Scientists have already invented soft robots as safer and more agile counterparts to robots with rigid parts. However, even robots made of soft materials usually have some hard electronic parts included to operate the robot and control its functionality.
Until now, that is, thanks to researchers at Harvard University, who have invented a soft rubber computer that can acts as the digital logic of a robotic device that also uses no electricity.
|A new soft robot gripper using no electronics and only soft parts is shown here holding a screwdriver. The robot was invented by researchers at Harvard University. (Image source: Daniel Preston / Harvard University)|
A Computer Using Rubber and Air
A team from Harvard’s Wyss Institute for Biologically Inspired Engineering—which is at the forefront of robotics research—developed the computer using just rubber and air, said Daniel Preston, a postdoctoral researcher who worked under the direction of Wyss Professor George Whitesides, also of Harvard’s Department of Chemistry and Chemical Biology.
“We’re emulating the thought process of an electronic computer using only soft materials and pneumatic signals, replacing electronics with pressurized air,” Preston explained.
Computer used digital logic gates—electronic circuits that receive messages (inputs) and determine reactions (outputs) based on their programming—to make decisions. To create their rubber digital logic gate, researchers considered how human biology works, particularly the literal “knee-jerk” reactions of the nervous system.
Preston’s soft computer mimics this system using silicone tubing and pressurized air, he said. He achieved the minimum type of logic gates required for complex operations—that is, “not,” “and,” and “or”—by programming the soft valves to react to different air pressures.
For example, if the “not” logic gate input is high pressure, the output is low pressure. Using these three logic gates, then, Preston said, “you could replicate any behavior found on any electronic computer.”
Demonstrating Soft Robots
Soft robots have come a long way in the last decade or so, with Wyss and other researchers demonstrating various soft gripper robots made from silicone-based materials that already are being used in assembly lines. If robots are made from soft materials they can be used for more delicate industrial tasks—such as moving fruits and vegetables or glass bottles that could break if dropped.
They are also safer in industrial settings, like automobile factories, where massive robotic machines can severely injure or even kill someone if he or she gets in the way. This was painfully evidenced by a story out of factory in Hunan, China, recently in which a robot malfunctioned and impaled a worker with 10 metal spikes.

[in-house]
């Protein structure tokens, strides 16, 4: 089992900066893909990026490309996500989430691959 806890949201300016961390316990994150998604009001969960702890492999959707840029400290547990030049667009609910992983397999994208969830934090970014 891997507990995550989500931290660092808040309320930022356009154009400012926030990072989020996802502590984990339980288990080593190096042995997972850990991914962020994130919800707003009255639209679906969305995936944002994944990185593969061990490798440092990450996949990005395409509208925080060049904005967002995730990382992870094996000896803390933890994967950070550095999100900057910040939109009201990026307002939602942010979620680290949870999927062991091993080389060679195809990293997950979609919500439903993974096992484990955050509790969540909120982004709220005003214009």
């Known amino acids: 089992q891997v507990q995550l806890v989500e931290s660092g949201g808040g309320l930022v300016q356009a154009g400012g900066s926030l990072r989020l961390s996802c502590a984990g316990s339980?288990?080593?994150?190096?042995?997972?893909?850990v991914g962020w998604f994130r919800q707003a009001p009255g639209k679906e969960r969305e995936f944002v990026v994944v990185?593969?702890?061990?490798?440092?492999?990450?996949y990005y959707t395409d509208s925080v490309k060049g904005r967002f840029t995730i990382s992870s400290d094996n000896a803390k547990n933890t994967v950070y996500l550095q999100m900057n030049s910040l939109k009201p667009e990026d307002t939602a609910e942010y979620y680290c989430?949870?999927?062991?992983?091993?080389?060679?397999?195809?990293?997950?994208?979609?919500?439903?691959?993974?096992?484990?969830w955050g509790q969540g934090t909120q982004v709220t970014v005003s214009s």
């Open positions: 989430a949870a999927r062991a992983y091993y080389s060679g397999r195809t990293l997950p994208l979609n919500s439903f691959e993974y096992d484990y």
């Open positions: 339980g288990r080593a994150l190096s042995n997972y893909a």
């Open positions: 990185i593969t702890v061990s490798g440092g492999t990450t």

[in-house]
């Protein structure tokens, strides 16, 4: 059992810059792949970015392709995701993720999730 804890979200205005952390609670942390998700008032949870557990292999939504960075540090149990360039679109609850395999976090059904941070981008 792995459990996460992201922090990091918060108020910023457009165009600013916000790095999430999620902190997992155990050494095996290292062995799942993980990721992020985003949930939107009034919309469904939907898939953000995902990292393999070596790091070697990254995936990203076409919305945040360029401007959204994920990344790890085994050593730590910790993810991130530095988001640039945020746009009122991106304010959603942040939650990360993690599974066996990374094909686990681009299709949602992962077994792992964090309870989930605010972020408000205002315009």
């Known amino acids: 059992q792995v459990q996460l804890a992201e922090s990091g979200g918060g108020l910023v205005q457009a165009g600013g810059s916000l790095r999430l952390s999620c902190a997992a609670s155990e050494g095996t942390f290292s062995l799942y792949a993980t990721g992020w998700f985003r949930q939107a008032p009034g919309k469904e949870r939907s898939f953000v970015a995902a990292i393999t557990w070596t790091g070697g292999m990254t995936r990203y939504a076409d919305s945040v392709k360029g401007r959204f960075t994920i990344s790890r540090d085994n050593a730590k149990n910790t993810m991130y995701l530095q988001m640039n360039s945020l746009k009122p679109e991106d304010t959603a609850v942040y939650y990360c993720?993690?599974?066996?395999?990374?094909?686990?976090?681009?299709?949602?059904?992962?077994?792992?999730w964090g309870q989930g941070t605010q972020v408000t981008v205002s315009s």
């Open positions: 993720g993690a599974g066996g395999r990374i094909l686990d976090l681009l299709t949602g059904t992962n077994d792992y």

But if a soft robot bumps into a human, Preston said, “you wouldn’t have to worry about injury or a catastrophic failure” because they don’t have rigid parts and can only exert so much force.
Most soft robots until now, however, have relied on some type of hardware to achieve their functionality, such as metal valves that open and close channels of air to operate the rubbery grippers and arms, and a computer that gives those valves commands. The robot developed by the Harvard team is a departure from this, researchers said.
The invention also doesn’t use electronics, replacing them with the air-based pneumatic system. Soft robots currently exist that operate without electronics, but normally they use microfluidic circuits for this purpose. These type of logic circuits have some limitations, however, in that often they use hard materials like glass or hard plastics, and are designed in such a way that they slow the robot’s motion.
The robots designed by Preston’s team, in contrast, can move much more quickly and without the need for any rigid parts. Moreover, soft robotics without electronics can venture to places where robots using electronics would struggle. This includes locations with high radiation—such as a place where a nuclear malfunction has occurred—in space, or inside MRI machines. Researchers published a paper on their work in the journal PNAS.
The team’s robot also has another unique characteristic in that it can be made to appear invisible based on its use and the soft material used to fabricate it, Preston said. For example, if he chooses a material that camouflages in water, the robot would appear transparent when submerged.
In the future, Preston and his colleagues hope to create autonomous robots that are invisible to the naked eye or even can evade sonar detection. “It’s just a matter of choosing the right materials,” he said.
Elizabeth Montalbano is a freelance writer who has written about technology and culture for more than 20 years. She has lived and worked as a professional journalist in Phoenix, San Francisco and New York City. In her free time she enjoys surfing, traveling, music, yoga and cooking. She currently resides in a village on the southwest coast of Portugal.
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